Would you like for your children to be able to say this?
“I often tell people that I had a very wonderful, peaceful childhood.
I have no bad memories at all. It was a very good time.”
-EZ, P.E.T. Kid
As parents, we all strive to create the best possible life for our families. Yet, sometimes, even with the best of intentions, we struggle to know exactly how to do it.
We’ve been speaking with individuals from across the world, raised with P.E.T., Parent Effectiveness Training, a program designed in 1962 by Dr. Thomas Gordon, founder of Gordon Training International. We’ve asked them, “Do the P.E.T. skills really work? Do they really help in creating better relationships?”
What we’ve learned so far has been amazing. P.E.T.-raised Kids are saying being raised in a P.E.T. environment has made them more self-confident, improved their communication skills, and enhanced their conflict-resolution skills. They also report having learned more empathy towards others and feel they have developed stronger, more long-lasting relationships with their families and friends.
We recently spoke with EZ to learn how the P.E.T. skills impacted his life. (Note: EZ’s story is presented in three segments—this is the first of the three.)
Read his story below – and see how using the P.E.T. skills can impact your life too.
Sheryl: Can you tell me your thoughts about P.E.T and about being raised with the Gordon Model?
EZ: I think in the world of self-help – and billions of ‘how to be a better this or that’ books and methods – I really think that P.E.T. is authentic. I think it’s a really thoughtful, honest, safe approach, really, to life, and communicating with other human beings.
S: You mentioned that you tell people you had a wonderful childhood. How do you feel P.E.T. had a role in making it that way? How did it benefit you to be raised like this?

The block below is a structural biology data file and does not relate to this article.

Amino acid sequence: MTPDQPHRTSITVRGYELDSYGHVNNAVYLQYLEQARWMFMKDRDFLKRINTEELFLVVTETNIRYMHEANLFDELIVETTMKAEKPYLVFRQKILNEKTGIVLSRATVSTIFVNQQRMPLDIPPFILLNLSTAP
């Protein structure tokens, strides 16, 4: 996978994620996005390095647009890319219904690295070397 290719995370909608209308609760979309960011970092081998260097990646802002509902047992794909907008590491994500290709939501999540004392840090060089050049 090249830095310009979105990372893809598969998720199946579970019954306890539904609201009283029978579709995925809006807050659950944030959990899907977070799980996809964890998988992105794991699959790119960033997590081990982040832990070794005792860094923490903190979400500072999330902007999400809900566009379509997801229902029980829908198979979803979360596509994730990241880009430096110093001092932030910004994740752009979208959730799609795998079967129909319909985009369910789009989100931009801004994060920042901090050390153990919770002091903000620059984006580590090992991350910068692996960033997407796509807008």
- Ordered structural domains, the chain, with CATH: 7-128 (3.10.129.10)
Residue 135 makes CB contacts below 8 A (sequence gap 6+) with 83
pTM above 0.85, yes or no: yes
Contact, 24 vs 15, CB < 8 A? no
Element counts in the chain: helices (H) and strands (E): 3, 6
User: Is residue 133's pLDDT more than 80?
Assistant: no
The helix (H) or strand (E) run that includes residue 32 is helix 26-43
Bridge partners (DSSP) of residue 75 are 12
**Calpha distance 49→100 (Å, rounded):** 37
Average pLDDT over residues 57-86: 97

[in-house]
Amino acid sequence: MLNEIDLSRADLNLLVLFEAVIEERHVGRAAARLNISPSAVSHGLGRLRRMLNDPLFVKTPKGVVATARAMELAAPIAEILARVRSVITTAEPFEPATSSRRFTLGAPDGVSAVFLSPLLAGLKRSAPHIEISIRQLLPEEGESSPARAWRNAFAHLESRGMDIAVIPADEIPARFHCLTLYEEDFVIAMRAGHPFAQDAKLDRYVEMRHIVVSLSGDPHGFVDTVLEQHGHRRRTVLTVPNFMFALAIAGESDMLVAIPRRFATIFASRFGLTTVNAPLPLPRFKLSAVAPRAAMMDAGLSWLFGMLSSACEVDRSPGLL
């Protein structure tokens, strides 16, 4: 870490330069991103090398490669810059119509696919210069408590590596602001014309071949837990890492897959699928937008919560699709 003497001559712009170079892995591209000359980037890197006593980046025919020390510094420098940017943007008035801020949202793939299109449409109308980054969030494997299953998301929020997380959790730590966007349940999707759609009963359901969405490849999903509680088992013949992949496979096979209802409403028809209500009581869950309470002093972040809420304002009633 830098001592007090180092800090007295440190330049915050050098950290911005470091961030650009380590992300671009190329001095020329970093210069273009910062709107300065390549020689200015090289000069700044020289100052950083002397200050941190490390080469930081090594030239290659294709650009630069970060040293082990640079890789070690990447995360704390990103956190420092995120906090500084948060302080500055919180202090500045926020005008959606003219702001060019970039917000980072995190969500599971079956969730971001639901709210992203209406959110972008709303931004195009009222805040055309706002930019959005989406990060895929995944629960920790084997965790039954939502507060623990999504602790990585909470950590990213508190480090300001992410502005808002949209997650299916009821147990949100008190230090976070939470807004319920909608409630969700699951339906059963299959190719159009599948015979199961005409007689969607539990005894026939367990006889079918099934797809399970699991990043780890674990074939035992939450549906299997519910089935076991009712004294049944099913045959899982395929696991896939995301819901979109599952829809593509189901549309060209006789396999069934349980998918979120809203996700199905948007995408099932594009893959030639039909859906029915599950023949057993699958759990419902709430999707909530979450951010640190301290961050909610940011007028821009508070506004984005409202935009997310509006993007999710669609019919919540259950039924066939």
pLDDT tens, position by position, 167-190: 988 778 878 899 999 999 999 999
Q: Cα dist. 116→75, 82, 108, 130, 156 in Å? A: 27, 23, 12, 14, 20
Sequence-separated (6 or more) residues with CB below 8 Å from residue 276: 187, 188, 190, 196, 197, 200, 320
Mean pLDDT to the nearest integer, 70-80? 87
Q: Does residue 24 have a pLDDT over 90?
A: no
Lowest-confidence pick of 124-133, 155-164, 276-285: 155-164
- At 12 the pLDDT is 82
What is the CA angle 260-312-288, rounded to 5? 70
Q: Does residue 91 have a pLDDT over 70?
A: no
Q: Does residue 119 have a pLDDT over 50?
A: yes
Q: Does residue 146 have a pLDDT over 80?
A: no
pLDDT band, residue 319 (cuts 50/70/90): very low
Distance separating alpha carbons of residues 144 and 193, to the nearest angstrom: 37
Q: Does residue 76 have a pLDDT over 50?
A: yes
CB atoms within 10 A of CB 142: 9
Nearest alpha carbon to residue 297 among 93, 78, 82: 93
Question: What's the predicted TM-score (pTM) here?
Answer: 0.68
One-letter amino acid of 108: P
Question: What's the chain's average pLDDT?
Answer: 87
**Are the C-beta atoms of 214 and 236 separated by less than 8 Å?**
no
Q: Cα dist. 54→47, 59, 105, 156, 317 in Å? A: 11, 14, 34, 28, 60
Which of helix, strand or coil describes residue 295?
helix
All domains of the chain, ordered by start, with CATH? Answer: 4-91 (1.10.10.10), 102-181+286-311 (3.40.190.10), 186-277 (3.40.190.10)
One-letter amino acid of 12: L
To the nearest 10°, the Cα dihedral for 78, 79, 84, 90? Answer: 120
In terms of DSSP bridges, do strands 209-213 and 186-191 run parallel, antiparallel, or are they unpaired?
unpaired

E: I have tons of memories of just the way we would converse as a family with Active Listening and I-Messaging.
The style of communication in our house, it was very soft. It was very quiet and thoughtful. I have virtually no memory of family fights that you always hear about. I have no memory of hearing my parents yelling. Certainly they didn’t yell at me when I screwed up as a kid. It was lots of, “I’m feeling disappointed.”
I didn’t experience sort of the classic family spats and fights. I can remember as a kid thinking, “Gosh, no one ever really gets their temper up.”
S: How do you feel being raised in a P.E.T. environment has benefited you as an adult?
E: Oh, in a lot of ways. I think probably conflict resolution, whether it’s in business or with friendships, or in romantic relationships, or with my children.
One of the things we used to talk about was the iceberg theory [Feelings Iceberg]. I really use that, because I see so many people build resentment, or build unhappiness, or build whatever negative thing is going on in their life, until it’s too late. Until it’s a really big issue and it’s very difficult to chip away and to find out what really is going on. So I tend to want to get to the bottom of whatever conflict is happening at the beginning.
I don’t think I let things get to a point where they’re difficult to break down. But I’ll be accused of, from my kids or in other relationships, that I’m a lecturer. I’ll talk till two in the morning to resolve something. I don’t want to, you know, let’s just put it under the rug and deal with it later. I tend to want to communicate about how I’m feeling or deposition somebody on how they’re feeling maybe faster than they would want to.
S: How do you feel that being raised P.E.T. has affected your relationship with your children?
E: Really good. I really think, going back to the P.E.T. stuff, Active Listening is huge. It’s so easy to have somebody say something and then let it stop there. If my son, comes home and he looks upset and I say, “Oh, you look a little off today. Is everything okay?” “No, I’m so mad at my English teacher. She didn’t like my presentation.” “So you feel that your presentation didn’t get enough attention from your teacher?” “Yeah, whatever. She’s not that nice anyway.” “So you’re relationship with her isn’t where you’d like it to be?” You know, that kind of style.
I think it really helps the more intimate and vulnerable style of communication and connection with your kids. Instead of just waiting for the giant thing to be the thing you talk about, to help them communicate the little stuff. I use that a lot.
So you may be saying, “This all sounds just great – but how did he get to “It’s a Wonderful Life?” How does he apply the P.E.T. skills in his real life? Do they really work? Can I do this too?
In the second segment of this three-part story (to be posted TBD), we’ll give you a step-by-step example of how EZ applied the Gordon Model with his teenage son. The results were pretty incredible – and yes, you can learn to do this too!